Eating less meat?

“Our thinking has created problems which cannot be solved by that same level of thinking," (Attributed to Albert Einstein in Leonard D. Goodstein and J. William Pfeiffer, eds, The 1985 Annual: Developing Human Resources, Issue 14 New York: John Wiley & Sons, p. 185) What you think about why I don’t eat meat is culturally … Continue reading Eating less meat?

More on Questions about Grid-Group Theory

So Y asked three interesting questions regarding Grid-Group Cultural Theory. This is a line of thought, a method of inquiry, developed by the British social anthropologist Mary Douglas, along with numerous collaboraters, and more recently numerous younger adopters who never actually worked with Douglas. Its early presentation was in the influential book Natural Symbols. DMK … Continue reading More on Questions about Grid-Group Theory

Dirt – is it ‘matter out of place’?

“The Wellcome exhibition starts with a quote from Mary Douglas, the great social anthropologist who wrote Purity and Danger. Dirt she defined as "matter out of place". She remains a key thinker, prefiguring many of the bigger, better known French structuralists. In analysing taboos about the pure and the impure, the sacred and the profane, … Continue reading Dirt – is it ‘matter out of place’?

Equality and Hierarchy in Denmark

Hedeby, probable site of the first school in Denmark Further reflections on the concept of horizontal and vertical teaching methods. A recent edition of the journal Social Analysis (55.2, 2011) is entirely devoted to the contrast between hierarchical and egalitarian pressures on Danish Society. The introduction begins with a discussion of the work of the … Continue reading Equality and Hierarchy in Denmark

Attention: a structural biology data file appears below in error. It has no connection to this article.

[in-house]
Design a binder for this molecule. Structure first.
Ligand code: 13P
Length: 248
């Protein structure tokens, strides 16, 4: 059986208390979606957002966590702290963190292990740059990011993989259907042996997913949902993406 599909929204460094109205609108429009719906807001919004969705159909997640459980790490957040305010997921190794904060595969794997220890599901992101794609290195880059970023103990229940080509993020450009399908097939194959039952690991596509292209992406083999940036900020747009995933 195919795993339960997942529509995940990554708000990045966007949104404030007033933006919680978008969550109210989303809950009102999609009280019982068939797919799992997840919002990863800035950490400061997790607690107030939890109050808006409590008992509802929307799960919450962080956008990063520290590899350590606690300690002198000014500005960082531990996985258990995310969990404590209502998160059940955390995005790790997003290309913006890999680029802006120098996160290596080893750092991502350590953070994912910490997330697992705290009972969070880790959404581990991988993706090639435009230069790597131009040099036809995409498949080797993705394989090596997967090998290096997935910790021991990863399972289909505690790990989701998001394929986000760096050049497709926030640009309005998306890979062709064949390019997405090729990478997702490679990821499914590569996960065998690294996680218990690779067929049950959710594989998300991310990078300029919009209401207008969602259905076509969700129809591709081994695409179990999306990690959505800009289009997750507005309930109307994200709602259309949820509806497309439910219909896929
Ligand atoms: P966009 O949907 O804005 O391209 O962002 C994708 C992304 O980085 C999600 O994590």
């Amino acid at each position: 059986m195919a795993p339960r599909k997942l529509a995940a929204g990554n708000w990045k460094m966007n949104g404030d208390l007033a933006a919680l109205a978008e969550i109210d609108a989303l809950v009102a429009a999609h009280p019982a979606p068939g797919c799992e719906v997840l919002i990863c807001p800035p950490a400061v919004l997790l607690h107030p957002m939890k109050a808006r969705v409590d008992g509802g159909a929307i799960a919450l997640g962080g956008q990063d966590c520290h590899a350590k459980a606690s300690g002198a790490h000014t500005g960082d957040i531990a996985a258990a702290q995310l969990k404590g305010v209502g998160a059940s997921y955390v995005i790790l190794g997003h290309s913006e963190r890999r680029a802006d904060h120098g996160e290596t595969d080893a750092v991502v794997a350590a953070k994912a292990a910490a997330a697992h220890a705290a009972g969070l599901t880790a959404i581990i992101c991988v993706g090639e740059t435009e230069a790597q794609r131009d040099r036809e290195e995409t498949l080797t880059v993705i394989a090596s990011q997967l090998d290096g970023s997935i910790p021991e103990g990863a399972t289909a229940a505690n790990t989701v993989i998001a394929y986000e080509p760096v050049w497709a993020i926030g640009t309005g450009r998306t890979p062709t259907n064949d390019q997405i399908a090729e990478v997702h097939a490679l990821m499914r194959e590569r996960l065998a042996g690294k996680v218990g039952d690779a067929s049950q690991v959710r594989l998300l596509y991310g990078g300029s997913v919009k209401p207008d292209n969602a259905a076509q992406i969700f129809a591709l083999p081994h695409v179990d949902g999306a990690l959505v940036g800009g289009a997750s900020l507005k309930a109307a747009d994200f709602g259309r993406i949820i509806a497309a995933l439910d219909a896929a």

Moving beyond a failure in the marketplace of ideas

The following is a guest post from Prof Dan Kahan in response to a previous post here, on Margaret Heffernan’s book, Willful Blindness. 4culture’s insightful post put me in mind of something important that in fact he has said explicitly before: Understanding the contribution that cultural influences have on our perceptions of risk (and like facts) cannot only explain … Continue reading Moving beyond a failure in the marketplace of ideas

BP Oil Spill – why we care

Behavioural psychologist Dan Ariely’s interesting website has a question about why we seem to care so much about the Gulf of Mexico oil spill, when we don’t seem to care as much about other big environmental disasters such as the ongoing destruction of the Amazonian rainforest. Some good points are raised, including some fairly obvious … Continue reading BP Oil Spill – why we care

L’analyse culturelle de Mary Douglas

- une contribution à la sociologie des institutions. Here's a good summary of Mary Douglas's Cultural Theory written in French (with an English abstract). It was published in SociologieS in 2006. Marcel Calvez, « L’analyse culturelle de Mary Douglas : une contribution à la sociologie des institutions », SociologieS [En ligne], Théories et recherches, mis … Continue reading L’analyse culturelle de Mary Douglas

Acknowledging our own biases

Writing in Risk and Blame: Essays on Cultural Theory,  anthropologist and sociologist Mary Douglas expressed the importance of recognising one's own biases, the importance of reflexivity. 'My own preference has emerged as an idealized form of hierarchy. This has always given me to some degree the professional advantage of feeling out of kilter with the … Continue reading Acknowledging our own biases

Don’t stop believing – purity, danger and Glee

Germ-Free Adolescents by Daniel Trilling in the New Statesman, looks at our ideas of purity and ritual in relation to the way the TV series Glee depicts teenagers. He makes use of the anthropologist Mary Douglas's views on dirt. Adolescents can be seen as 'matter out of place', a mixing of kinds (child/adult monster). Moving … Continue reading Don’t stop believing – purity, danger and Glee